Cody J. Eads, 19, entered the plea in King County Superior Court in connection with the death of Lucinda Pieczatkowski, 57.
Pieczatkowski was killed at about 1:50 a.m. on Jan. 1 when she was struck by a pickup while walking alone in the darkness along Stone Quarry Road, also known as 394 Place SE, near Snoqualmie.
Eads did not look up in court on Wednesday as his attorney entered a not guilty plea on his behalf. The attorney says his client didn't know he hit the Pieczatkowski because he was talking on his cell phone.
But Pieczatkowski's niece, Katie Gaston, said after the hearing that her family doesn't buy that - and she's calling on Eads to come clean.
"He took somebody very special from us, and we'll never get her back," Gaston said, fighting back tears. "He gets to get out and walk. He gets to go to school. It's not right. He didn't step up. He needed to step up. ... I just want him to be accountable. I just want him to step up and take responsibility for the person he took away from us."
According to court documents, Eads had been drinking at a New Year's Eve party at a friend's house when he got into an argument with his girlfriend and decided to leave. He left the party at about 1:30 a.m. and drove his F-150 Ford pickup towards his home on Stone Quarry Road.
At about the same time, Pieczatkowski was walking along the side of the road, wearing dark clothes, after getting into an argument with her boyfriend and leaving his vehicle.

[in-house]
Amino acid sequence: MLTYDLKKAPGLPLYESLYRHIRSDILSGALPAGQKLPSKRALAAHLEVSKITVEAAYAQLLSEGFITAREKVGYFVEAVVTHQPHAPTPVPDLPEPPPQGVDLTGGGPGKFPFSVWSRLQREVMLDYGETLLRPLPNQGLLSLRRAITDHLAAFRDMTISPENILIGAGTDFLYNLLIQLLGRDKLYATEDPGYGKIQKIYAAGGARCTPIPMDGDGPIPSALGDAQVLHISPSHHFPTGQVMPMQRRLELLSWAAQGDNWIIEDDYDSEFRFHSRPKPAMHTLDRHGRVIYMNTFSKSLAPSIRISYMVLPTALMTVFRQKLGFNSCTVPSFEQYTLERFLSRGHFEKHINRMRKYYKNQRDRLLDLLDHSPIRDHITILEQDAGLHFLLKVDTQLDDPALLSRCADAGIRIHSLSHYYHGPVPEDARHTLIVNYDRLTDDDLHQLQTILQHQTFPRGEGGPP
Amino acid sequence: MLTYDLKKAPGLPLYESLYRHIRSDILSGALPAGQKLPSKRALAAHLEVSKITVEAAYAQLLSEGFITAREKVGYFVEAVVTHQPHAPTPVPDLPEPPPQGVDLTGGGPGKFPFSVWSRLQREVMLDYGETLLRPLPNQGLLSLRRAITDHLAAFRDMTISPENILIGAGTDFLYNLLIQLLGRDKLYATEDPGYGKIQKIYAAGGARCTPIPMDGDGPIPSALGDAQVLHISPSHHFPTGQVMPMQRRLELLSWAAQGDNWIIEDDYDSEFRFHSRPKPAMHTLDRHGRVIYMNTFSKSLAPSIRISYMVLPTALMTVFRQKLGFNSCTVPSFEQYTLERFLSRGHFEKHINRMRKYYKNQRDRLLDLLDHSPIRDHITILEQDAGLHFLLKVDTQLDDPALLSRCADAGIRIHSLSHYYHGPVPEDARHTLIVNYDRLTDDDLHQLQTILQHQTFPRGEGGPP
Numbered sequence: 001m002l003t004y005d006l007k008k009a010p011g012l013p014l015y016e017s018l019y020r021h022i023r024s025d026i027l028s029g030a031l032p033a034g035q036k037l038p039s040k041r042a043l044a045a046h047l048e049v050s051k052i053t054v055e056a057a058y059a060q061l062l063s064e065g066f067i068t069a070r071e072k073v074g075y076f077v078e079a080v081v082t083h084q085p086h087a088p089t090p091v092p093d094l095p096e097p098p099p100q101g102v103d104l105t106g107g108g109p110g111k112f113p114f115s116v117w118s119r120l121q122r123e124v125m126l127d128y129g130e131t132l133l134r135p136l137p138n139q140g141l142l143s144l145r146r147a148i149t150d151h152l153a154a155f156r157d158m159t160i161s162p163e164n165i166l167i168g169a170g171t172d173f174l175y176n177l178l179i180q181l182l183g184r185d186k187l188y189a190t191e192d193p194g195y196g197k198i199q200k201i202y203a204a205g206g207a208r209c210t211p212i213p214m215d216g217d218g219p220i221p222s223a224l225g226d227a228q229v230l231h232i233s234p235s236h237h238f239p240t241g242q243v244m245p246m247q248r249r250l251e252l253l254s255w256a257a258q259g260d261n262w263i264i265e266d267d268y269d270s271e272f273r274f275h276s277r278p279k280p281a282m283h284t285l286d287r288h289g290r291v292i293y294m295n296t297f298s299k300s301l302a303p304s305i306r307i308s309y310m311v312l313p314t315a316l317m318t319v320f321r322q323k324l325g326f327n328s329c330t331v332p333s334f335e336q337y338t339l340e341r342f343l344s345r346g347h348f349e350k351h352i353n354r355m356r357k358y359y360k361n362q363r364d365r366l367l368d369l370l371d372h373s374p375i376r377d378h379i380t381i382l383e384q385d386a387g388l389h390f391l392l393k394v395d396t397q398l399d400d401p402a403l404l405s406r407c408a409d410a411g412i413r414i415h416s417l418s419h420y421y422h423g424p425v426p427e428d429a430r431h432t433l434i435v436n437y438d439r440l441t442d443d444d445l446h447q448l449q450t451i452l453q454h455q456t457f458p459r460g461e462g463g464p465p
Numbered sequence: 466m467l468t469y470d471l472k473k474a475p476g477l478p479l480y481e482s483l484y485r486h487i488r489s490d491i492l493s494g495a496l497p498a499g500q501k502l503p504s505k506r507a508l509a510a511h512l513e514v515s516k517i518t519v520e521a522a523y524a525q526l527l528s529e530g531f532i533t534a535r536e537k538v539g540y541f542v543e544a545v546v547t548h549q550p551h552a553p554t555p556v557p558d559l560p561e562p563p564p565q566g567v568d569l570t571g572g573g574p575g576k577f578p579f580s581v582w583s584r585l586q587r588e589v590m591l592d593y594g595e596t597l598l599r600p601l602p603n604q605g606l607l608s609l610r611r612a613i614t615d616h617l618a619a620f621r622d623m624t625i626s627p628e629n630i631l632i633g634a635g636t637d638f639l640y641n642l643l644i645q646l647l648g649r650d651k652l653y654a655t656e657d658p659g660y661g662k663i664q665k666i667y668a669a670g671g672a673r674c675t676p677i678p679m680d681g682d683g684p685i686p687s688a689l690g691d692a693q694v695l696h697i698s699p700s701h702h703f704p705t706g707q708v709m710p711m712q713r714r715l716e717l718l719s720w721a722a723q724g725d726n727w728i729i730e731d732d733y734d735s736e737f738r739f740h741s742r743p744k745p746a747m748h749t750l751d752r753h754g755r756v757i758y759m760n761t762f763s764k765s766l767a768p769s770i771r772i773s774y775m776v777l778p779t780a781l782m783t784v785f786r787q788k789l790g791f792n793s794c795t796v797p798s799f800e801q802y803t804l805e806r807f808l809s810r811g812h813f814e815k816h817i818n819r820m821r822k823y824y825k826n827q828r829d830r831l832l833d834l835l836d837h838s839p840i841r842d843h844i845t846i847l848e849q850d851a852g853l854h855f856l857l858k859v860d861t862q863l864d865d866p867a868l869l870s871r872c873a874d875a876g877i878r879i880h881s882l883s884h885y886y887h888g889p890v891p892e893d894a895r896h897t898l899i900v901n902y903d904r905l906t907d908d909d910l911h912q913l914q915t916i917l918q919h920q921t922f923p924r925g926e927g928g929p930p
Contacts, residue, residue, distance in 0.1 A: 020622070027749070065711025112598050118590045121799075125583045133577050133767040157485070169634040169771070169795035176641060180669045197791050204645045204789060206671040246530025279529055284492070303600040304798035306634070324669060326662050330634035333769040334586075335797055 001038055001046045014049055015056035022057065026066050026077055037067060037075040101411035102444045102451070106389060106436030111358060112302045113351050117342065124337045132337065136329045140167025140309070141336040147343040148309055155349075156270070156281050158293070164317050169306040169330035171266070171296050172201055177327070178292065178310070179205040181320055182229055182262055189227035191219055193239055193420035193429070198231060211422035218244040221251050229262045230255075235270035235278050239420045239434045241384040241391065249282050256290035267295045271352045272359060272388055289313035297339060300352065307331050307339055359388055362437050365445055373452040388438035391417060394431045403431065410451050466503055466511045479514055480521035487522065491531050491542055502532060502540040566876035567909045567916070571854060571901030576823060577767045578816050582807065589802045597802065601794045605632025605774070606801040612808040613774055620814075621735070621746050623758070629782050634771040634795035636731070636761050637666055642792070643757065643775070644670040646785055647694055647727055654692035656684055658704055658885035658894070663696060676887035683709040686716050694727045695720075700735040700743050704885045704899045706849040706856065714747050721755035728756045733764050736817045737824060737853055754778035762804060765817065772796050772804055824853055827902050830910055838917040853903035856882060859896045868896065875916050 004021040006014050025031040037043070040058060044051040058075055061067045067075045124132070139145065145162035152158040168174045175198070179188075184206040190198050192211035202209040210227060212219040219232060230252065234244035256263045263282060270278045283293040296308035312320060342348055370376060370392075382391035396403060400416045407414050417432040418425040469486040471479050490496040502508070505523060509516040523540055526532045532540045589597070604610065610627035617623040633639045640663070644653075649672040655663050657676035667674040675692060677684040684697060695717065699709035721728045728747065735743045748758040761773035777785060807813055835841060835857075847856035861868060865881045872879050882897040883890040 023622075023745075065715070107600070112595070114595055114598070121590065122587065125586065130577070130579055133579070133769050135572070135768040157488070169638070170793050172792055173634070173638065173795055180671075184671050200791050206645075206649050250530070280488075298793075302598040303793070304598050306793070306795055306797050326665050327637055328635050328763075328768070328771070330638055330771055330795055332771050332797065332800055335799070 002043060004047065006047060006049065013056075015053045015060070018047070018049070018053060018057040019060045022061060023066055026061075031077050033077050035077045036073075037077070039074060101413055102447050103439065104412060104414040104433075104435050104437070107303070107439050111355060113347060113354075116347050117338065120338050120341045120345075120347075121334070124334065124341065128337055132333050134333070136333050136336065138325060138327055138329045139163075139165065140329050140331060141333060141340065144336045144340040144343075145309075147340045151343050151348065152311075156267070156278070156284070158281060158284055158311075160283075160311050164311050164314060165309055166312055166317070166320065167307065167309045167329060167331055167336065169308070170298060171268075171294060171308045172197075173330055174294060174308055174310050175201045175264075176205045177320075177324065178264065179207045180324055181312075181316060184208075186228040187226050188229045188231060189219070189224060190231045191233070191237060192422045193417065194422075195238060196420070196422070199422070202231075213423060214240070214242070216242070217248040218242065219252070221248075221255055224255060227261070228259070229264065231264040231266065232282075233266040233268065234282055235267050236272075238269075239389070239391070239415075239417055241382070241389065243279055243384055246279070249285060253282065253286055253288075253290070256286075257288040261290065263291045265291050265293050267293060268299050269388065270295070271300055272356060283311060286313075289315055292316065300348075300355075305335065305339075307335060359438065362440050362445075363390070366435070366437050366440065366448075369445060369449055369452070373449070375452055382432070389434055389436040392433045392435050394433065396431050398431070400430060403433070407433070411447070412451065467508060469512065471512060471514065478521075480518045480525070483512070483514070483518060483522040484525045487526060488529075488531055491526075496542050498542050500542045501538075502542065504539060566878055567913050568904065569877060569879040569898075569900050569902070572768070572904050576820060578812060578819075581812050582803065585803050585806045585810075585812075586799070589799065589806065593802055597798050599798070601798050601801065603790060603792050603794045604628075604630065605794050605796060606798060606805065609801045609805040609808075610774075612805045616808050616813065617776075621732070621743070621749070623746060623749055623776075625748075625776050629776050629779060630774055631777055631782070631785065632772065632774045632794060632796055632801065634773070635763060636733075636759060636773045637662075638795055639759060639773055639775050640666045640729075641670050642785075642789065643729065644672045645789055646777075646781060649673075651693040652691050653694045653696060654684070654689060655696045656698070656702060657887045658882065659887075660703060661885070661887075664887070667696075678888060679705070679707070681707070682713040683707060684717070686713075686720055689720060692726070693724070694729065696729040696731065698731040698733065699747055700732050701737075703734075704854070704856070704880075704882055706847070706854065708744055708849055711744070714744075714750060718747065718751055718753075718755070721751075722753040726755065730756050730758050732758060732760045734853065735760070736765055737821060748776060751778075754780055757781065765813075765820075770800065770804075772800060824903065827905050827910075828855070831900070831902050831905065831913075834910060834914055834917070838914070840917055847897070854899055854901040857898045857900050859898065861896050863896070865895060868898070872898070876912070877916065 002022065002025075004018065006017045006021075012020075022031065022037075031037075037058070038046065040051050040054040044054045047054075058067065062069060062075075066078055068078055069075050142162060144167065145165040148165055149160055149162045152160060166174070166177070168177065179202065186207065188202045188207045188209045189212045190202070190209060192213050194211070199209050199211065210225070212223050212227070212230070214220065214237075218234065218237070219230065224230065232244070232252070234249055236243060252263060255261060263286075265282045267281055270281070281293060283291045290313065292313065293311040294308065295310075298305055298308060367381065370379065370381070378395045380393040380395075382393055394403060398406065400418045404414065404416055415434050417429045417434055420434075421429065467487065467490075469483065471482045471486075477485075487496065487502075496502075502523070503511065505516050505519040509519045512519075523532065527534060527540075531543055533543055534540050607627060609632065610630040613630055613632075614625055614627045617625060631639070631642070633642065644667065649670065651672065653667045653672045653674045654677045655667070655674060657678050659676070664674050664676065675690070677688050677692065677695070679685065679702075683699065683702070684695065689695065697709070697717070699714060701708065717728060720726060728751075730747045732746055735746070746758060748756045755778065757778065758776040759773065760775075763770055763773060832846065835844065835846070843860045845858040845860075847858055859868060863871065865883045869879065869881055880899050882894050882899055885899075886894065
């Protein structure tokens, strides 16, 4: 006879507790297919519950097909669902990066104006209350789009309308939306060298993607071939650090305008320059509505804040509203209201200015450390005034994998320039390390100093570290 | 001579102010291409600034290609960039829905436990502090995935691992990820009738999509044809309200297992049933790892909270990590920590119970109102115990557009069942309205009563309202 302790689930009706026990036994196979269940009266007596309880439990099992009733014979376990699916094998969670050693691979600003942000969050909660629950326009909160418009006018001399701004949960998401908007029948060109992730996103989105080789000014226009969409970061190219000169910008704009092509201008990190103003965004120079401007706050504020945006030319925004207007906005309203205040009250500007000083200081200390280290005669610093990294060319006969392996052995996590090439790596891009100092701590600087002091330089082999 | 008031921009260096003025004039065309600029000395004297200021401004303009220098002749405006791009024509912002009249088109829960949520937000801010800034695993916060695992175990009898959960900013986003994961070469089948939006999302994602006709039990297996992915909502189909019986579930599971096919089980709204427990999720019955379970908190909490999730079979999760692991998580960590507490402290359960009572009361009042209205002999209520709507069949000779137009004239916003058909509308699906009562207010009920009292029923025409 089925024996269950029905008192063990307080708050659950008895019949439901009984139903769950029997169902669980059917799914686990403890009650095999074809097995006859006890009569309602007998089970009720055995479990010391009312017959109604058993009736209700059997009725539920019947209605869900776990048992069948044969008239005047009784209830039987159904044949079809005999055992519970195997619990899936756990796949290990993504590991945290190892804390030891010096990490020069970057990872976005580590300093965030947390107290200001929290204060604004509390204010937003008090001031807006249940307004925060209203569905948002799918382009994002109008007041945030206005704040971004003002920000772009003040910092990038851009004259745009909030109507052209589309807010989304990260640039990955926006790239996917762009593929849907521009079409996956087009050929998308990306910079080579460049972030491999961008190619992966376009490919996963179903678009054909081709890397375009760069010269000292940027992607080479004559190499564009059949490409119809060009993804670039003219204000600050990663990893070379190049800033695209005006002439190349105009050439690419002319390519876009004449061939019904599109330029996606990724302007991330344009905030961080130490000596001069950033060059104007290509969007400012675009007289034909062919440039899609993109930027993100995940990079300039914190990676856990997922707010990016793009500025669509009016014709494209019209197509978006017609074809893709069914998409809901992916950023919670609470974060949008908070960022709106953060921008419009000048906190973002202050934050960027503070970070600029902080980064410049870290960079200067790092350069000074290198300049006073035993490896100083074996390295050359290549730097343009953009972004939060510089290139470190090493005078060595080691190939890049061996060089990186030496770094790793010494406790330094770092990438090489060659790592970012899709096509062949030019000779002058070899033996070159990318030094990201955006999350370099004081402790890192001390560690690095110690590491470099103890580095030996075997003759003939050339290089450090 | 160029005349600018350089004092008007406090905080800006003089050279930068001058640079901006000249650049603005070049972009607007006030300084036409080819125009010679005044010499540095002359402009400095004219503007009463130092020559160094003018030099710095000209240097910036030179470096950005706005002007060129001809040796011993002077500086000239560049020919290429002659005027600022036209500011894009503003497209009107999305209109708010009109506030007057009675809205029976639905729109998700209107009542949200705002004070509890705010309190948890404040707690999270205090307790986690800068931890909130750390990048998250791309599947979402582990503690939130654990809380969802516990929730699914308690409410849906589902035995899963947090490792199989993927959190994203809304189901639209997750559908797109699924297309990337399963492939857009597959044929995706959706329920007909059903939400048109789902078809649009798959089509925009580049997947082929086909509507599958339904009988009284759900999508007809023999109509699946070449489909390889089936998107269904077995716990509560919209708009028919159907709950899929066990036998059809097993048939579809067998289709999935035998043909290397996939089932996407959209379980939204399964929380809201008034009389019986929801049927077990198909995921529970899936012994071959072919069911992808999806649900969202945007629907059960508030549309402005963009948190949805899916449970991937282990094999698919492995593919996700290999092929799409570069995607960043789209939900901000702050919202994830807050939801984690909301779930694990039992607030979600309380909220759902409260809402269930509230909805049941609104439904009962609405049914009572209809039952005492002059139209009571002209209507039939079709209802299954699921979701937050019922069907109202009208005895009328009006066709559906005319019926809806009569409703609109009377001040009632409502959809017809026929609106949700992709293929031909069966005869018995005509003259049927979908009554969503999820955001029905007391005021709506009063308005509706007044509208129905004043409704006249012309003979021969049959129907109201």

She was struck and killed by Eads' pickup as she walked along the roadway, court documents say. Eads continued driving on without stopping, court papers say.
After arriving at home, he called his girlfriend and asked her to come over. When she got there he was "bawling his head off" and saying he "didn't know what to do," the girlfriend told police later. She also noticed significant damage to his pickup.
Meanwhile, Pieczatkowski's boyfriend contacted Snoqualmie police and reported her missing. A few hours later, her body was found in the ditch with catastrophic injuries.
The next day, the Eads' family attorney called the King County Sheriff's Office and informed them that the truck involved in the crash was parked at the Eads family residence, according to court documents.
The pickup was impounded and had damage consistent with striking a pedestrian, including blood and tissue. The debris left on the road also matched the truck driven by Eads, court papers say.
Over the next several months, detectives continued to conduct interviews and collect evidence in the case, including cell phone tracking and fingerprints from inside the pickup.
Eads was charged, and prosecutors have requested $25,000 bail, which the judge lowered to $10,000 at Wednesday's hearing.
Interlock device ordered, but Eads gets 2 weeks to comply
The judge also required Eads get an alcohol interlock device installed on his car immediately. Yet Eads' attorney, claiming interlock dealers are experiencing a backlog of appointments, asked the judge for an extra 10 days. The judge gave him two weeks.
However, the KOMO Problem Solvers asked all five interlock dealers approved by the Washington State Patrol if they're experiencing backlogs, and while it might take a few days, they all told KOMO News it was nothing close to two weeks' delay. Which means if Eads posts bail, he can drive interlock free until Sept. 4.
We brought our findings to Judge Jim Rogers, who replied in an email he believed Eads' attorney Diego Vargas because he's "a well respected lawyer who works in this area," adding judges, "may not know at any specific time whether the installation time increases or decreases.
But Rogers added the court, "will follow up with what you have communicated to me" and "use that information immediately in all cases."